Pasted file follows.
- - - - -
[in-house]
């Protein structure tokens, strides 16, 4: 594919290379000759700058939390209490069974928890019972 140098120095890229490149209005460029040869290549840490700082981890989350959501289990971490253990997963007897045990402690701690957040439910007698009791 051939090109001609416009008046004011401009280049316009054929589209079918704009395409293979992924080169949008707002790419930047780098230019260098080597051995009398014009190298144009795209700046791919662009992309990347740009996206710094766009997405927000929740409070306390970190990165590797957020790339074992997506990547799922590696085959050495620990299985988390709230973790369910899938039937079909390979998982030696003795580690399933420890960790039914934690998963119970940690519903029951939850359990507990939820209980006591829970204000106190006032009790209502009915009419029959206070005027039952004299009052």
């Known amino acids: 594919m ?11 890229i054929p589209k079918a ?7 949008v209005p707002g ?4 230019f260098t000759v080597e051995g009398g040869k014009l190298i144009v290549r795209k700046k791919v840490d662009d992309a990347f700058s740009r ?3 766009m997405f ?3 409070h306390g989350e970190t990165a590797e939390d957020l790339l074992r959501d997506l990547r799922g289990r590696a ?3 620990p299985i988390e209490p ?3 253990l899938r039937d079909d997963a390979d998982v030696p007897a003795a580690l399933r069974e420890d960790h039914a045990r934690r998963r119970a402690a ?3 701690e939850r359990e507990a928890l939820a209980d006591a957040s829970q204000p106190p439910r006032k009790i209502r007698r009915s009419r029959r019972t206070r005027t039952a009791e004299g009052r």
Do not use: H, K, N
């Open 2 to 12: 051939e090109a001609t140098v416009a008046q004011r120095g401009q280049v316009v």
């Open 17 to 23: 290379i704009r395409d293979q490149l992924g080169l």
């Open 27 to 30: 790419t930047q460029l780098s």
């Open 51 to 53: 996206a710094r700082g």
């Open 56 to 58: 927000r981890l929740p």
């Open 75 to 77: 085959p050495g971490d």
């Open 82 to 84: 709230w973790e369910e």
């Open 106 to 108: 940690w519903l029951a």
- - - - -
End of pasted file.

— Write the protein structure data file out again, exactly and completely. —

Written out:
[in-house]
């Protein structure tokens, strides 16, 4: 594919290379000759700058939390209490069974928890019972 140098120095890229490149209005460029040869290549840490700082981890989350959501289990971490253990997963007897045990402690701690957040439910007698009791 051939090109001609416009008046004011401009280049316009054929589209079918704009395409293979992924080169949008707002790419930047780098230019260098080597051995009398014009190298144009795209700046791919662009992309990347740009996206710094766009997405927000929740409070306390970190990165590797957020790339074992997506990547799922590696085959050495620990299985988390709230973790369910899938039937079909390979998982030696003795580690399933420890960790039914934690998963119970940690519903029951939850359990507990939820209980006591829970204000106190006032009790209502009915009419029959206070005027039952004299009052």
């Known amino acids: 594919m ?11 890229i054929p589209k079918a ?7 949008v209005p707002g ?4 230019f260098t000759v080597e051995g009398g040869k014009l190298i144009v290549r795209k700046k791919v840490d662009d992309a990347f700058s740009r ?3 766009m997405f ?3 409070h306390g989350e970190t990165a590797e939390d957020l790339l074992r959501d997506l990547r799922g289990r590696a ?3 620990p299985i988390e209490p ?3 253990l899938r039937d079909d997963a390979d998982v030696p007897a003795a580690l399933r069974e420890d960790h039914a045990r934690r998963r119970a402690a ?3 701690e939850r359990e507990a928890l939820a209980d006591a957040s829970q204000p106190p439910r006032k009790i209502r007698r009915s009419r029959r019972t206070r005027t039952a009791e004299g009052r």
Do not use: H, K, N
């Open 2 to 12: 051939e090109a001609t140098v416009a008046q004011r120095g401009q280049v316009v």
């Open 17 to 23: 290379i704009r395409d293979q490149l992924g080169l």
């Open 27 to 30: 790419t930047q460029l780098s």
């Open 51 to 53: 996206a710094r700082g």
């Open 56 to 58: 927000r981890l929740p």
């Open 75 to 77: 085959p050495g971490d």
């Open 82 to 84: 709230w973790e369910e």
């Open 106 to 108: 940690w519903l029951a």